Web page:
Entertainment Video Games

‘No Man’s Sky’ provides adequate gameplay, stepping stone for future

‘No Man’s Sky’ – From Hello Games
Playstation 4, PC
7 out of 10

By Ethan Winkler ’17
THE ROUNDUP

One of the most anticipated games of 2016, ‘No Man’s Sky’ delivers on its promise of a beautiful game with limitless exploration, but fails to give us an immersive experience.

Released by Hello Games, “No Man’s Sky” was promised to be a game the world hasn’t ever seen, one with an endless amount of randomized gameplay. While this is true in some ways, it was lacking in a lot of things.

One of my biggest gripes is the lack of a clear, entertaining story.

When the game starts, the unnamed player wakes up on a random planet next to a broken spaceship. The game gives you a small tutorial on controls and how to rebuild your ship.

After that, you take off into space to start your adventure, but as far as story goes, this is where it falls apart.

To be fair, there are lots and lots of things to do and places to go. In fact, that’s a part of the game that I like.

You can explore an infinite amount of planets and solar systems, each containing different types of resources to collect and species of aliens and plants to discover and learn about.

You can even slowly learn the aliens’ languages through accessing monoliths on planets.

But the only reason to do these things is to improve your spaceship and equipment. There is no plot that draws you into the game, making it repetitive and boring after the first five or six hours.

All you know is you need to get to the center of the galaxy.

Another disappointment of mine is the lack of real multiplayer.

There is a small part of the game that allows you to rename and upload your discoveries to the game’s server, allowing other players to randomly find what you renamed.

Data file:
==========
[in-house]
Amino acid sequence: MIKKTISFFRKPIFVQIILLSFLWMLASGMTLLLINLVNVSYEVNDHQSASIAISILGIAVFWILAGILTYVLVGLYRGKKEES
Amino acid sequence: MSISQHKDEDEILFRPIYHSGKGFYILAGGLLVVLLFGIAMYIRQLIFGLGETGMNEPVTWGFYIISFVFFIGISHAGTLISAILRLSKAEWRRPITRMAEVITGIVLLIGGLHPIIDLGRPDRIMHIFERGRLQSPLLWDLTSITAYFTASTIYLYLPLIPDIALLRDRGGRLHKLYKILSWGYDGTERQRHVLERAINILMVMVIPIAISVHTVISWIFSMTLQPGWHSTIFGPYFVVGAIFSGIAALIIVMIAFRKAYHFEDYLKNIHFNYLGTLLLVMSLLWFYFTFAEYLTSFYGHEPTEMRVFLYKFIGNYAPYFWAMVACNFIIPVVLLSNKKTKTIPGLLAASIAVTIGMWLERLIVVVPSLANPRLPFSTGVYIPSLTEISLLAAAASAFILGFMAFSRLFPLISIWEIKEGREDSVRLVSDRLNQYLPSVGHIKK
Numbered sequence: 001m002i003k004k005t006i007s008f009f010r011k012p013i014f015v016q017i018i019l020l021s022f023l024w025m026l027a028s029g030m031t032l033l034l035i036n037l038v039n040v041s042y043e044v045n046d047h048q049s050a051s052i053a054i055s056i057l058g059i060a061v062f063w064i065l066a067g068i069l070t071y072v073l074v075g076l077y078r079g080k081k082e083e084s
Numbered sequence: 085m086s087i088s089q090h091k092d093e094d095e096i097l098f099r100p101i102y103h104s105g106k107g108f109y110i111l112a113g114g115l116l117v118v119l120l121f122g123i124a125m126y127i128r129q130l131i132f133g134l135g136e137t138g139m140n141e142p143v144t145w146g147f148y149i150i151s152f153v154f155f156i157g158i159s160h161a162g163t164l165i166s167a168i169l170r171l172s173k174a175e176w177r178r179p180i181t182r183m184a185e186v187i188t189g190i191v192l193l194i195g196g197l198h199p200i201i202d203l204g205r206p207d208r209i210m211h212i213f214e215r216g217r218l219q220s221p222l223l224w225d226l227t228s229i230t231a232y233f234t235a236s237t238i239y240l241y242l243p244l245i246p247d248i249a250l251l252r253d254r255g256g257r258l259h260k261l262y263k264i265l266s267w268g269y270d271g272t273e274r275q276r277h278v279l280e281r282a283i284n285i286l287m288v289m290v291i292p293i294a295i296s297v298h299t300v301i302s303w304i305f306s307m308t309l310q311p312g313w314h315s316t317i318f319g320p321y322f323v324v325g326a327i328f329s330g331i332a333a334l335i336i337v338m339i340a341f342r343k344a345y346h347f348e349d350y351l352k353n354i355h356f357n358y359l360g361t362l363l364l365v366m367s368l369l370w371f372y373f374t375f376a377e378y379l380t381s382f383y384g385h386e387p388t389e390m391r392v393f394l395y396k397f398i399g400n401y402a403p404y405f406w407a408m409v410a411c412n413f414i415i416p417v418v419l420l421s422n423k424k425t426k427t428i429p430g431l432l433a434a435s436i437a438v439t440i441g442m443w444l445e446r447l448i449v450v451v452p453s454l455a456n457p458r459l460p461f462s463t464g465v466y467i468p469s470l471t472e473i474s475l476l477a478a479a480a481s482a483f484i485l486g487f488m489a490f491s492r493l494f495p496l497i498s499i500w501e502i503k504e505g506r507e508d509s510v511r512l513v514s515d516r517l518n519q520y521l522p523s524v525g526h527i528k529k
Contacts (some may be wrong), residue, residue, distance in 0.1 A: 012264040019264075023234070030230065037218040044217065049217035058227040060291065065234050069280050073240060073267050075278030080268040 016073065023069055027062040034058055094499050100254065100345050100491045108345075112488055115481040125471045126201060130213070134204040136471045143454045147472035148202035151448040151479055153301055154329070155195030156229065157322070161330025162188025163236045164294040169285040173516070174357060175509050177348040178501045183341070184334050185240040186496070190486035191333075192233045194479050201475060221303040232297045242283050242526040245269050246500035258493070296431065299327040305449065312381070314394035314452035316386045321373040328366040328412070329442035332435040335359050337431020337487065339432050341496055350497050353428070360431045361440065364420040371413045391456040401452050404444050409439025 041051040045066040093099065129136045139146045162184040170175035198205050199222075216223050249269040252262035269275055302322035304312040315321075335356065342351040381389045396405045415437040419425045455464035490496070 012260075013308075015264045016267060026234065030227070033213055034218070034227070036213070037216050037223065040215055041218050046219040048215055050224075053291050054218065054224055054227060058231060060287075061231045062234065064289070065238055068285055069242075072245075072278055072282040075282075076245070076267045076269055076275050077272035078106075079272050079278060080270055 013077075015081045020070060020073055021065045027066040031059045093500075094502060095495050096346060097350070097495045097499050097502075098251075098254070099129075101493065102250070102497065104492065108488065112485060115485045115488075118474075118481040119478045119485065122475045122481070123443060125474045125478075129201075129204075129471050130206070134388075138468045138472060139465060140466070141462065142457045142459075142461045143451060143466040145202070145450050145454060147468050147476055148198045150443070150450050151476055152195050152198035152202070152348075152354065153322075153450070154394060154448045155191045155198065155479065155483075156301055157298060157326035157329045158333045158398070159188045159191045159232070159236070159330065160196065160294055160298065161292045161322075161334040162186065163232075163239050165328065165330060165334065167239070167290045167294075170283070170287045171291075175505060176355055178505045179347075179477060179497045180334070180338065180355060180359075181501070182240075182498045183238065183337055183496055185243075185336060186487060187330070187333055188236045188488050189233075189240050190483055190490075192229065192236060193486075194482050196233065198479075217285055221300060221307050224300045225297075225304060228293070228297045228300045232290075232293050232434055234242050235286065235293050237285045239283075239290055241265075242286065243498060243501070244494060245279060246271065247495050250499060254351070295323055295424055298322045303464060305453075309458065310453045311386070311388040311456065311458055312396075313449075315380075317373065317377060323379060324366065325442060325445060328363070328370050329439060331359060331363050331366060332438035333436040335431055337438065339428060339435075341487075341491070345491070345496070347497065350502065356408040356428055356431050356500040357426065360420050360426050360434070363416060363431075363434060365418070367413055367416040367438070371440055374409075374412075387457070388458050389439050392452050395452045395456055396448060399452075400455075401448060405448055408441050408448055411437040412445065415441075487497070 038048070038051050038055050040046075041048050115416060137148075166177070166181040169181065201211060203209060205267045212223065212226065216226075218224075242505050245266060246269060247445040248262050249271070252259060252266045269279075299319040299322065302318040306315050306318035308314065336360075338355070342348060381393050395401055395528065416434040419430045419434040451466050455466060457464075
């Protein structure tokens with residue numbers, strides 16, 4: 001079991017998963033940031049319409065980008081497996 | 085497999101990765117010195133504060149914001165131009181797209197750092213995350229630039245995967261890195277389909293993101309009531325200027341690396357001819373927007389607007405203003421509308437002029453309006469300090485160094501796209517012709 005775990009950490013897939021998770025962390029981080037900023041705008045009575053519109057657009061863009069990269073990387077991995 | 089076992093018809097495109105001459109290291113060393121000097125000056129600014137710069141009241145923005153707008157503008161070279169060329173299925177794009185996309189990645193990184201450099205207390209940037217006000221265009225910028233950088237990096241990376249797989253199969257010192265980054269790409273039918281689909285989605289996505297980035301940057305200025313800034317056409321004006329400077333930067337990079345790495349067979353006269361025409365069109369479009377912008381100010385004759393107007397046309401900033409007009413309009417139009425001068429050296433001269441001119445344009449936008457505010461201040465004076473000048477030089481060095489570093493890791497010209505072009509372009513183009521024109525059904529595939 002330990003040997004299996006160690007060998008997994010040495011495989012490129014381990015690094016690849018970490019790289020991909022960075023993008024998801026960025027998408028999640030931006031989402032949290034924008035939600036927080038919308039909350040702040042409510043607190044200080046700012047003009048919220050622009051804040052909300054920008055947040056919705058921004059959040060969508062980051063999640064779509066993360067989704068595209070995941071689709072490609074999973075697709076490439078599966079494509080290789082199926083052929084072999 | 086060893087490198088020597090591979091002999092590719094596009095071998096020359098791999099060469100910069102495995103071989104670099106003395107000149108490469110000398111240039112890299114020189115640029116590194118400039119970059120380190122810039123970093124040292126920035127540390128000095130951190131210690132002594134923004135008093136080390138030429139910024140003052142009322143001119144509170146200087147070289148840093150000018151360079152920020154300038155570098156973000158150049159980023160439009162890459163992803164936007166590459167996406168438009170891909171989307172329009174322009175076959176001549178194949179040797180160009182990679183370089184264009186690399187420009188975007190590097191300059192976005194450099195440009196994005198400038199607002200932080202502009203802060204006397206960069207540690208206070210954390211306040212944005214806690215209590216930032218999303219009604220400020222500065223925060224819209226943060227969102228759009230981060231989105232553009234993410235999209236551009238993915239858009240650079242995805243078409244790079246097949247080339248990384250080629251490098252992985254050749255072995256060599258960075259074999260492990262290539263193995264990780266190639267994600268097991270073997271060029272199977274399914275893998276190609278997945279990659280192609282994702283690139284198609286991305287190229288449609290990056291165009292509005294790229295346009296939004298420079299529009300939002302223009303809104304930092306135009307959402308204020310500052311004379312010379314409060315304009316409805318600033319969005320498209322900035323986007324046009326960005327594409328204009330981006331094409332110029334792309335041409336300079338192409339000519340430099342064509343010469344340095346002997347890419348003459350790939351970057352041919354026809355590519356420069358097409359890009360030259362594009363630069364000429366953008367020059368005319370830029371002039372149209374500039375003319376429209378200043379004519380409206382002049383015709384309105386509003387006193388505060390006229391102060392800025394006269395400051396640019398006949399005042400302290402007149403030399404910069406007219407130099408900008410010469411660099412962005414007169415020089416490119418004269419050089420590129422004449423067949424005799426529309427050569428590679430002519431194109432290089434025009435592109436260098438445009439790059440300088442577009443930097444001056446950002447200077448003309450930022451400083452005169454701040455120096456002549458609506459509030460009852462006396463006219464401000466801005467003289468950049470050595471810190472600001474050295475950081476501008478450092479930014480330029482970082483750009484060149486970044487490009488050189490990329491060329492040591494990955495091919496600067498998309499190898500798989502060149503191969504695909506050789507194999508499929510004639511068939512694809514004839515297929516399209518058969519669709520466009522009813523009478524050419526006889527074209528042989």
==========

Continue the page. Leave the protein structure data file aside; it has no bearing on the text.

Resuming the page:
While this brings a sense of community, it really isn’t what most people were expecting when Hello Games said that the game would have a multiplayer aspect.

Gamers wanted to fly around randomized planets with their friends, exploring the flora and fauna and discovering hidden treasures and ores.

But even with these complaints about the game, I found myself enjoying most of my time playing.

I love losing myself in games all about exploration. And if this game has anything, it’s an unlimited amount of things to explore.

I had so much fun learning different languages, going to different waypoints on planets and interacting with the different species of the game.

When you really pay attention to the dialogue and the details, it is obvious that Hello Games put a lot of work into making this game personal for everyone.

My biggest takeaway after playing this game is how it is going to impact gaming in a big way.

This formula for a seemingly unlimited amount of gameplay will almost certainly serve as a blueprint for many developing games in the future.

Completely immersive, personal and endless video games may not be as for away as we thought.